Though the Latin is draco, draconis, it has been supposed by some scholars, including John Tanke of the University of Michigan, that the word dragon comes from the Old Norse draugr, which literally means a spirit who guards the burial mound of a king. How this image of a vengeful guardian spirit is related to a fire-breathing serpent is unclear. Many others assume the word dragon comes from the ancient Greek verb derkesthai, meaning "to see", referring to the dragon's legendarily keen eyesight. In any case, the image of a dragon as a serpent-like creature was already standard at least by the 8th century when Beowulf was written down. Although today we associate dragons almost universally with fire, in medieval legend the creatures were often associated with water, guarding springs or living near or under water.

Flag of Wales

Other European legends about dragons include "Saint George and the Dragon", in which a brave knight defeats a dragon holding a princess captive. This legend may be a Christianized version of the myth of Perseus, or of the mounted Phrygian god Sabazios vanquishing the chthonic serpent, but its origins are obscure. It is possible that the dragon legends of northwestern Europe are at least partly inspired by earlier stories from the Roman Empire, or from the Sarmatians and related cultures north of the Black Sea. There has also been speculation that dragon mythology might have originated from stories of large land lizards which inhabited Eurasia, or that the sight of giant fossil bones eroding from the earth may have inspired dragon myths.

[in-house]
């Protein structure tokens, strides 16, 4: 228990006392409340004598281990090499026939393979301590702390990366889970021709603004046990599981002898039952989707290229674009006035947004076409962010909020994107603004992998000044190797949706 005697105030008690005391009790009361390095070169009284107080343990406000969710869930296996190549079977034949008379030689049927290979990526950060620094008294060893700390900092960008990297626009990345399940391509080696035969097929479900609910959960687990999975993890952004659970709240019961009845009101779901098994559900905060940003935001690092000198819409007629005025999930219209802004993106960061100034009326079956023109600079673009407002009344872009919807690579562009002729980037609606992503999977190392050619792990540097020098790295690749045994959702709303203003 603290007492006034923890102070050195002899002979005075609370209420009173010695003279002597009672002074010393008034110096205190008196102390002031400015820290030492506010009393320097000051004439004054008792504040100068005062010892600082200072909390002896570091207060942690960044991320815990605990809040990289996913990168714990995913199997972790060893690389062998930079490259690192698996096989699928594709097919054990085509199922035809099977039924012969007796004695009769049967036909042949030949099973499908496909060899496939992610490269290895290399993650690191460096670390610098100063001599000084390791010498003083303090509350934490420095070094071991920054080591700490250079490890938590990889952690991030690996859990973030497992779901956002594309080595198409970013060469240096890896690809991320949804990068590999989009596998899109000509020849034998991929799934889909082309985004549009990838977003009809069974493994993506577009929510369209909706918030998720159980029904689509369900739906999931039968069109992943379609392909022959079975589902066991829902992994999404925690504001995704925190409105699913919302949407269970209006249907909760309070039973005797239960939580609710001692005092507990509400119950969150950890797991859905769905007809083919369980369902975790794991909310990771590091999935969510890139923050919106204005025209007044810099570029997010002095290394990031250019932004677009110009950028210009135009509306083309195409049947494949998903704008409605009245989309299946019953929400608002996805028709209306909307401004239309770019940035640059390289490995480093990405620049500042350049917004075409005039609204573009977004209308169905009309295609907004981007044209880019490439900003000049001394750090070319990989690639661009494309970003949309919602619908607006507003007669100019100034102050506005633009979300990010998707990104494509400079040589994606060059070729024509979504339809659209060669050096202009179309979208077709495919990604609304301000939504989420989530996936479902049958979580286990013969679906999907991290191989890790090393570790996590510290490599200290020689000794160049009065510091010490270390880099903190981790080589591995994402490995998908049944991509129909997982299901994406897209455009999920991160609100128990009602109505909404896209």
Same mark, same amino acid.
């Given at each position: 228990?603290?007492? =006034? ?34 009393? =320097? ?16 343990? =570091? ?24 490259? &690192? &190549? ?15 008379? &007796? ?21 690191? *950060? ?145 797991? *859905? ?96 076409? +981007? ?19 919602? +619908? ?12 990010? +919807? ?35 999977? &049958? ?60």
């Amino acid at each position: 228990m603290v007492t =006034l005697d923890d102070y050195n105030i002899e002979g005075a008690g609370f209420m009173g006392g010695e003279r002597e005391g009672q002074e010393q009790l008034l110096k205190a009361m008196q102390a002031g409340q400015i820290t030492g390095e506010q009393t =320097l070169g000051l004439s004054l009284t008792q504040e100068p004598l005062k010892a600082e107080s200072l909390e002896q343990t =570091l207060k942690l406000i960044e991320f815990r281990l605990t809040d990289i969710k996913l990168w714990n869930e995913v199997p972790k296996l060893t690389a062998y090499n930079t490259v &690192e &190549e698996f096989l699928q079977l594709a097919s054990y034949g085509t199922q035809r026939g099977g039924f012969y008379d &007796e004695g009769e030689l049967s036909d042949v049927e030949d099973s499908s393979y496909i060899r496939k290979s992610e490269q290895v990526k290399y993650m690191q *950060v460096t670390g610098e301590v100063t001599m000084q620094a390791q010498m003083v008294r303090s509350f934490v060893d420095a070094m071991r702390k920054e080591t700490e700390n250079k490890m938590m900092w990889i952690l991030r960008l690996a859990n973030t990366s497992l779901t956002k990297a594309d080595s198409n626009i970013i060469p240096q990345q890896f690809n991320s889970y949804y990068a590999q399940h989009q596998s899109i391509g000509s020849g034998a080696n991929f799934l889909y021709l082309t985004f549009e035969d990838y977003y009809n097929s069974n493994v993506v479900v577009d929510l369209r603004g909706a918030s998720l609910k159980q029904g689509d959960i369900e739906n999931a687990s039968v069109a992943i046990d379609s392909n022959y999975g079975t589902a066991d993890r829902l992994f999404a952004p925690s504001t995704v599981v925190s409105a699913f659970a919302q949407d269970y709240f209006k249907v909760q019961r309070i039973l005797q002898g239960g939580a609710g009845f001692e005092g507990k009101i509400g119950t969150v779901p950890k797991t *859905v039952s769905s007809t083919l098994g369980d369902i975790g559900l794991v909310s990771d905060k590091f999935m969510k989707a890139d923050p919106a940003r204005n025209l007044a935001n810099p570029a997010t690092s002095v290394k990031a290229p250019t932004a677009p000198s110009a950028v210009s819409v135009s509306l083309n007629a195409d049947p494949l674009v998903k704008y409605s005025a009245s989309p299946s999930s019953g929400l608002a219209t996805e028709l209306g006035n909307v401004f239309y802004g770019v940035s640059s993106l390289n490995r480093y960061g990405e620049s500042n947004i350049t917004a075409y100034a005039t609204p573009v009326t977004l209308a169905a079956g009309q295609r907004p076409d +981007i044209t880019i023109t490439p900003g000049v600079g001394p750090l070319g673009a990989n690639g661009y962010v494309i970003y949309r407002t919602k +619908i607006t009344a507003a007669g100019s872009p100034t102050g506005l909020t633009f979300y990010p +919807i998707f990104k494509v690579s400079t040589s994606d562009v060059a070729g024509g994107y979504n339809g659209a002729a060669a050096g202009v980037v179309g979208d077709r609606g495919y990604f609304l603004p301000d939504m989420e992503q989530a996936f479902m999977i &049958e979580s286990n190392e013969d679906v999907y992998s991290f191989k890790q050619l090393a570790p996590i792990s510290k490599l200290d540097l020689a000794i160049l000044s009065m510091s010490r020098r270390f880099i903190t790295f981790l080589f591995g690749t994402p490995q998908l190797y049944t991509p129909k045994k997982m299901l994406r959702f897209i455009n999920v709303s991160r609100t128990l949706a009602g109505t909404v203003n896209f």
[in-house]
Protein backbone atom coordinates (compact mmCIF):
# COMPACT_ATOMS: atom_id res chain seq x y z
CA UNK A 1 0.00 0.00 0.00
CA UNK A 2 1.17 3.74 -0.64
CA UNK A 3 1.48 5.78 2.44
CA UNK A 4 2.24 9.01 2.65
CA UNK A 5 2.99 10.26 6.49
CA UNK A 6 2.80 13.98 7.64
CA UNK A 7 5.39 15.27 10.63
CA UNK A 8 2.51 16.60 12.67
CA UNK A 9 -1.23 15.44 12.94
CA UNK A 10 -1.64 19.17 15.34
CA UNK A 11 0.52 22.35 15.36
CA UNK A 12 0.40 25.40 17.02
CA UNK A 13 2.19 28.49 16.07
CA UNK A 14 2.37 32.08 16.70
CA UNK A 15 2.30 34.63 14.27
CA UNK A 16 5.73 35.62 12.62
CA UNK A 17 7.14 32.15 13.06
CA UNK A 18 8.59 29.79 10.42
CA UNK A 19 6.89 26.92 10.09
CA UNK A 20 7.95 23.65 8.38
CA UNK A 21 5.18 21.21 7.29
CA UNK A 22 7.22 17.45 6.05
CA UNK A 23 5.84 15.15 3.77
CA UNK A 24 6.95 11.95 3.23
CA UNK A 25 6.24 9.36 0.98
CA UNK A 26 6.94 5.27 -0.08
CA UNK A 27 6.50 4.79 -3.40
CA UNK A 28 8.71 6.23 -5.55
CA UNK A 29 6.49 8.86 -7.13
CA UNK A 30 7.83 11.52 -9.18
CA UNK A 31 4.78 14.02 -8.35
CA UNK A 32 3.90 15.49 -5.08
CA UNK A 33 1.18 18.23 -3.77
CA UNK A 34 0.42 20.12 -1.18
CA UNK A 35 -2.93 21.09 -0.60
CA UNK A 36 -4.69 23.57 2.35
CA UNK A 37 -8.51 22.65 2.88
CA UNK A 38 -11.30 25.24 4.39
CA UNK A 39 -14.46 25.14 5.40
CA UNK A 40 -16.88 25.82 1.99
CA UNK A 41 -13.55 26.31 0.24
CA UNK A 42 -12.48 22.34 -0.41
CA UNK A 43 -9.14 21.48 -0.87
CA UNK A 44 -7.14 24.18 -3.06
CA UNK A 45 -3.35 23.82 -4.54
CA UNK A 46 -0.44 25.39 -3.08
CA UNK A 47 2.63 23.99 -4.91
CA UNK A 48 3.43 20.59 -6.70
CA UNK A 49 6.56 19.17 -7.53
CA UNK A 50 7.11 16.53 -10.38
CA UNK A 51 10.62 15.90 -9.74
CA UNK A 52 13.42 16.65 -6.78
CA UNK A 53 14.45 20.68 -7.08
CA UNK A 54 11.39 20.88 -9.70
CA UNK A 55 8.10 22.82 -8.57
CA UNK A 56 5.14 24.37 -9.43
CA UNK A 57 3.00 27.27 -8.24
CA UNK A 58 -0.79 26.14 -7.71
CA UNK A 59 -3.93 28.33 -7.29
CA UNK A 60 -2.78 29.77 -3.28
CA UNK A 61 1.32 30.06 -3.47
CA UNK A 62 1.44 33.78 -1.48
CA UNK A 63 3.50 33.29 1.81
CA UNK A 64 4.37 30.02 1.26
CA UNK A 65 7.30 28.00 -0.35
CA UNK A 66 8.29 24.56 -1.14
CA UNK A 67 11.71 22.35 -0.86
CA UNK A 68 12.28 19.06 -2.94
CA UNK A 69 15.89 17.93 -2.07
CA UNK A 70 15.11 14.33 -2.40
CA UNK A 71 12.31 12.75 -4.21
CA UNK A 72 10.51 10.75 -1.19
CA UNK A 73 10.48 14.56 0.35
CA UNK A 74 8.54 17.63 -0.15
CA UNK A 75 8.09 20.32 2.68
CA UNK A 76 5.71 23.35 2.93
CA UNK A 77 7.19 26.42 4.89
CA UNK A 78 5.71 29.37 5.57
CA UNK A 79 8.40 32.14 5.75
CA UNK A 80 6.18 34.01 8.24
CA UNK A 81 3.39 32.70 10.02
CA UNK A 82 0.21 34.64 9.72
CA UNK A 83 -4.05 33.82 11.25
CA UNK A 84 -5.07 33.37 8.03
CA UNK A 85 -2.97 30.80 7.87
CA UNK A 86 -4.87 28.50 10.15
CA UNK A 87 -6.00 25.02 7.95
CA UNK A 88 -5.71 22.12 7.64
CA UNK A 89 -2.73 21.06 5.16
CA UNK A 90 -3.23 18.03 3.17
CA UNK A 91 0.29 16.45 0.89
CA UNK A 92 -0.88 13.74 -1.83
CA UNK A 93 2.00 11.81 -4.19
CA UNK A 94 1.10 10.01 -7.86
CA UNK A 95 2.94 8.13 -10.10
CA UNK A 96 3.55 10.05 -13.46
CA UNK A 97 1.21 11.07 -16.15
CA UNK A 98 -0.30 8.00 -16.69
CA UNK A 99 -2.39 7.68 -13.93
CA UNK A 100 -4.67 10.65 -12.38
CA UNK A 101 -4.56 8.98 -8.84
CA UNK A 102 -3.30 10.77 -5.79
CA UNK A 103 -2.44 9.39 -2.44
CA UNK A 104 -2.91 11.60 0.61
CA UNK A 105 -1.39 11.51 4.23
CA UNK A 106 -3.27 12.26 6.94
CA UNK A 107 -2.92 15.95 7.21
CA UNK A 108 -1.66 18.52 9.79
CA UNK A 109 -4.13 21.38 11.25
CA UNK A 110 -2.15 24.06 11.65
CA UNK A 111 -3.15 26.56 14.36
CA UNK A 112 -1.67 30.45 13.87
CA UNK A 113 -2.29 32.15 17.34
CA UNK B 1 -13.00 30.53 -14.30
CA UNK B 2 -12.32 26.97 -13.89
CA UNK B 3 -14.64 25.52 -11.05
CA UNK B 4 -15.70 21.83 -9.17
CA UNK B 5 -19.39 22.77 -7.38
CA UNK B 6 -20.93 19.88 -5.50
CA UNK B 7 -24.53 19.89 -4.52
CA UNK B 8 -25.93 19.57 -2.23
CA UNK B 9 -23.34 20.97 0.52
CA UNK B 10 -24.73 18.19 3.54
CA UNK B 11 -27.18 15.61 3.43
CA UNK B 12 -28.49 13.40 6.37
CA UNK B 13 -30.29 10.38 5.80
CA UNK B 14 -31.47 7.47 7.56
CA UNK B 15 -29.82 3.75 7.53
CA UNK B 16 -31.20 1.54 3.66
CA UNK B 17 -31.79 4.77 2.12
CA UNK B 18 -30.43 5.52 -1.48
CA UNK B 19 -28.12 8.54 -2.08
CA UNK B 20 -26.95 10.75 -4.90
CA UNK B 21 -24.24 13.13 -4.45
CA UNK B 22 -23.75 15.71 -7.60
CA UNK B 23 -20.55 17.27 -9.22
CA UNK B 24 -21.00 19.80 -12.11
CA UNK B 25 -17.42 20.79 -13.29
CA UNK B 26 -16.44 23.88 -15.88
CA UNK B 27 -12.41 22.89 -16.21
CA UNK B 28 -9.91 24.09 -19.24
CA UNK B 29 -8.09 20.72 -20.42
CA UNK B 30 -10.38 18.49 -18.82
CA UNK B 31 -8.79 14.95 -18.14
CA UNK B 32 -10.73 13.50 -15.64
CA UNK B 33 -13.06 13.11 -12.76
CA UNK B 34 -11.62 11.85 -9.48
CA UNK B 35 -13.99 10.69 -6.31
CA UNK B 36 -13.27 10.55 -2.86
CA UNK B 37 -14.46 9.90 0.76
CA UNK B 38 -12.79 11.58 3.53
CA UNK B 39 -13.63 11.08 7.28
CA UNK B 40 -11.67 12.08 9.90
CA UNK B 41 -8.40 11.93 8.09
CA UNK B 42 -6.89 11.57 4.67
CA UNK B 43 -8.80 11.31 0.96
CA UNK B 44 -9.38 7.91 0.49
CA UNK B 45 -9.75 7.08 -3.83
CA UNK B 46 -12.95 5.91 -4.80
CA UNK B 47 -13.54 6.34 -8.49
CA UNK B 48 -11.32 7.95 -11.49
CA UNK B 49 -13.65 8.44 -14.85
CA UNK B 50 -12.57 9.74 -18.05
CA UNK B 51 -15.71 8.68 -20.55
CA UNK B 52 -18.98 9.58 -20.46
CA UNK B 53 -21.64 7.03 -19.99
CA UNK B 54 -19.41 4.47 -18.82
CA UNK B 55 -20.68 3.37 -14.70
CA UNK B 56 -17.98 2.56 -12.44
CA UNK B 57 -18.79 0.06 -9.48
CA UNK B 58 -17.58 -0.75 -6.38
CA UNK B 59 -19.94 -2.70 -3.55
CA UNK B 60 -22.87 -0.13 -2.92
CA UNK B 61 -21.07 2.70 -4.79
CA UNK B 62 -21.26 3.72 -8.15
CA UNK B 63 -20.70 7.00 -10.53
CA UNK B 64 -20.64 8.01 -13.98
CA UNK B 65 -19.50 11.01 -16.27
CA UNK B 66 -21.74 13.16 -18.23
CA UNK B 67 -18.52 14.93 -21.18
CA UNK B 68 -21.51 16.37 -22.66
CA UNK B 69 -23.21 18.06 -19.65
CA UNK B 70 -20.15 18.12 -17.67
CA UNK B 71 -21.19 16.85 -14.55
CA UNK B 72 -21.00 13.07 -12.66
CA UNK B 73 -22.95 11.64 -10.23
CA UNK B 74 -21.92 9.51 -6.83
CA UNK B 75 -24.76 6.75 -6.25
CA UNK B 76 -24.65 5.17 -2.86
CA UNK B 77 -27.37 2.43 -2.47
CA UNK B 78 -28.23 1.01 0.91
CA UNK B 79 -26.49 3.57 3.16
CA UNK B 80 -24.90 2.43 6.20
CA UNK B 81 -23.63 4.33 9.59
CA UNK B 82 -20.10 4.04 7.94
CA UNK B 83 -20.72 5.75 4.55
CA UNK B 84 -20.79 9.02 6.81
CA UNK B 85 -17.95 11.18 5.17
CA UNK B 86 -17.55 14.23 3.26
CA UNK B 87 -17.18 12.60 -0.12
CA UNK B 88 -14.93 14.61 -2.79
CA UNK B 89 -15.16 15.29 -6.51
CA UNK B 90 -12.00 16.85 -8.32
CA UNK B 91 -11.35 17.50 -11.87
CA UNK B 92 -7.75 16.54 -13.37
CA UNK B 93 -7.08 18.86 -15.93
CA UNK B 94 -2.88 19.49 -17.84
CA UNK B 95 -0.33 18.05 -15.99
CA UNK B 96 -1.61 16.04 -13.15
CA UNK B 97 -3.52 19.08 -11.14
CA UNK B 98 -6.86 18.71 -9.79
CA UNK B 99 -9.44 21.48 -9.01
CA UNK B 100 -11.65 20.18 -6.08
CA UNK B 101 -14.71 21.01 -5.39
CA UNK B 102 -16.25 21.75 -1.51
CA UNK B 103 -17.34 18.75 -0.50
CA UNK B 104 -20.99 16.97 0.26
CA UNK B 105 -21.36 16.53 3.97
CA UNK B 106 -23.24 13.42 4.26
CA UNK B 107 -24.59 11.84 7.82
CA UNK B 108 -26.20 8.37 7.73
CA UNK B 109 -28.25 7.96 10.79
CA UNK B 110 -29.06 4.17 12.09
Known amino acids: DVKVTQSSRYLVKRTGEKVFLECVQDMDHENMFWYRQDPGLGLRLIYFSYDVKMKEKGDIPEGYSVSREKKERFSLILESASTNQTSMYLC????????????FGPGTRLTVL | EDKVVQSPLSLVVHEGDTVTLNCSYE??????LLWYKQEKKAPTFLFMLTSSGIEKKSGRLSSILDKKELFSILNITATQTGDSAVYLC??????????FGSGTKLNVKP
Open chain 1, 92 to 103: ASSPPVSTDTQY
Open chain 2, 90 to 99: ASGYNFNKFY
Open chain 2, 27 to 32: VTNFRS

Dragons are well-known in Catalan myths and legends, in no small part because St. George (Catalon Sant Jordi) is the patron saint of Catalonia. Like most dragons, the Catalan dragon (Catalan drac) is basically an enormous serpent with two legs, or rarely, four, and sometimes a pair of wings. As in many other parts of the world, the dragon's face may be like that of some other animal, such as a lion or bull. As is common elsewhere, Catalan dragons are fire-breathers, and the dragon-fire is all-consuming. Catalan dragons also can emit a fetid odor, which can rot away anything it touches.

The legend of Saint George and the dragon is well-known in Italy. But other Saints are depicted fighting a dragon. For instance, the first bishop of the city of Forlì, named Saint Mercurialis, killed a dragon and saved Forlì. So he often is depicted in the act of killing a dragon.

This article is licensed under the GNU Free Documentation License. It uses material from the Wikipedia article "Dragons".